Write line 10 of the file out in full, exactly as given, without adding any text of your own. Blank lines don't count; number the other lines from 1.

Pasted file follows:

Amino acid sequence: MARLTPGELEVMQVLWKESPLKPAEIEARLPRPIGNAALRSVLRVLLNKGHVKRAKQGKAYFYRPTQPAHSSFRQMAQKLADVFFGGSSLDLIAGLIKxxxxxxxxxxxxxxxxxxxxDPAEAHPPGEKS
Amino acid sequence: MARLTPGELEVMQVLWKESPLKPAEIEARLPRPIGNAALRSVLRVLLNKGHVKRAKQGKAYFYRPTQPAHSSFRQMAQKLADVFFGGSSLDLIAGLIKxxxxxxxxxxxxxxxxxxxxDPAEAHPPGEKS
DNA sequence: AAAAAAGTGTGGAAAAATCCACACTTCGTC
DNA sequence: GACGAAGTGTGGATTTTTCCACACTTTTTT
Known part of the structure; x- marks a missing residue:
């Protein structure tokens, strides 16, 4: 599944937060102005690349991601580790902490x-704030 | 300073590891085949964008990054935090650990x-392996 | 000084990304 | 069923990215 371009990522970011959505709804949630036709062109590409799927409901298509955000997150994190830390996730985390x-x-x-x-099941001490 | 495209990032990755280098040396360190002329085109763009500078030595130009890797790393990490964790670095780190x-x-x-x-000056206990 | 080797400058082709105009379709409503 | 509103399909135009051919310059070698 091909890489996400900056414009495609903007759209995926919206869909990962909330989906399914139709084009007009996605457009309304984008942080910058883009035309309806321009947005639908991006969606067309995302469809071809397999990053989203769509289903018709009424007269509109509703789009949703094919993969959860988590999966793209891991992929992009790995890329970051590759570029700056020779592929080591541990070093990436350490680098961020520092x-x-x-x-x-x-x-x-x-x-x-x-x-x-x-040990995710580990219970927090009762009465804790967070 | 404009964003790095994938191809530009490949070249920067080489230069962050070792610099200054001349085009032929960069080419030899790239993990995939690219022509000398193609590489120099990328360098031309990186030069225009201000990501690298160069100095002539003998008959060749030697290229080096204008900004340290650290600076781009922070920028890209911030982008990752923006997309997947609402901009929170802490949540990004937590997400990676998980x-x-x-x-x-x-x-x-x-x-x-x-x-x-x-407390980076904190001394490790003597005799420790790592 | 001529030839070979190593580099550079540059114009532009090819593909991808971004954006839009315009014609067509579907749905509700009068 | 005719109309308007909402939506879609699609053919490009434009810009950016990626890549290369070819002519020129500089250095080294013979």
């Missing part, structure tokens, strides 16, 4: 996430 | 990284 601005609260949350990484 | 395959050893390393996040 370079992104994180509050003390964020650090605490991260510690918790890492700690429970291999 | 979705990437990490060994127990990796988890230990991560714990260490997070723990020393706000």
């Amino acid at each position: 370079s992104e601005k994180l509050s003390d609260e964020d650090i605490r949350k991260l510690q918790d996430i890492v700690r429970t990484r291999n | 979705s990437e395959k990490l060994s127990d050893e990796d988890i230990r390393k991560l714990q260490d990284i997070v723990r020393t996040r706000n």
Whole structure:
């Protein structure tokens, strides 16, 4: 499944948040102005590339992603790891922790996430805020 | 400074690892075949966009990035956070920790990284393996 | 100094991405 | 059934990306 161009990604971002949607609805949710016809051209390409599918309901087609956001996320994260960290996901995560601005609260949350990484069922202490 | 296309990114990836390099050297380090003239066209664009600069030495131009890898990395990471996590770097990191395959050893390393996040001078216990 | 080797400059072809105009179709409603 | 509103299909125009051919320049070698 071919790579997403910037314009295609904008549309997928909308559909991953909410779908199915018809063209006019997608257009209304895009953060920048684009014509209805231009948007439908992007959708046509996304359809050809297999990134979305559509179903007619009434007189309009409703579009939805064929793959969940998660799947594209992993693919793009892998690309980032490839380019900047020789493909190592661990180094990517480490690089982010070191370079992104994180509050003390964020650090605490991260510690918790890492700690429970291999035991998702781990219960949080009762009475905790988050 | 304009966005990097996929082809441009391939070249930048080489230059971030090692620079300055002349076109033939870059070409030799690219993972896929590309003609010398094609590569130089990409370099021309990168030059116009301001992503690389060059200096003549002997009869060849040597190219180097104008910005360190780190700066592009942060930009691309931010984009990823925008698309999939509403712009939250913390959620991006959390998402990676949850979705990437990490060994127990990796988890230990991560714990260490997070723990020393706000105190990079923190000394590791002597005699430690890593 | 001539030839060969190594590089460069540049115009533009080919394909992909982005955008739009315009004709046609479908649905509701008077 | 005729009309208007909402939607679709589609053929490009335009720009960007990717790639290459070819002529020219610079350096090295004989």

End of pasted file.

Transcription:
């Protein structure tokens, strides 16, 4: 499944948040102005590339992603790891922790996430805020 | 400074690892075949966009990035956070920790990284393996 | 100094991405 | 059934990306 161009990604971002949607609805949710016809051209390409599918309901087609956001996320994260960290996901995560601005609260949350990484069922202490 | 296309990114990836390099050297380090003239066209664009600069030495131009890898990395990471996590770097990191395959050893390393996040001078216990 | 080797400059072809105009179709409603 | 509103299909125009051919320049070698 071919790579997403910037314009295609904008549309997928909308559909991953909410779908199915018809063209006019997608257009209304895009953060920048684009014509209805231009948007439908992007959708046509996304359809050809297999990134979305559509179903007619009434007189309009409703579009939805064929793959969940998660799947594209992993693919793009892998690309980032490839380019900047020789493909190592661990180094990517480490690089982010070191370079992104994180509050003390964020650090605490991260510690918790890492700690429970291999035991998702781990219960949080009762009475905790988050 | 304009966005990097996929082809441009391939070249930048080489230059971030090692620079300055002349076109033939870059070409030799690219993972896929590309003609010398094609590569130089990409370099021309990168030059116009301001992503690389060059200096003549002997009869060849040597190219180097104008910005360190780190700066592009942060930009691309931010984009990823925008698309999939509403712009939250913390959620991006959390998402990676949850979705990437990490060994127990990796988890230990991560714990260490997070723990020393706000105190990079923190000394590791002597005699430690890593 | 001539030839060969190594590089460069540049115009533009080919394909992909982005955008739009315009004709046609479908649905509701008077 | 005729009309208007909402939607679709589609053929490009335009720009960007990717790639290459070819002529020219610079350096090295004989």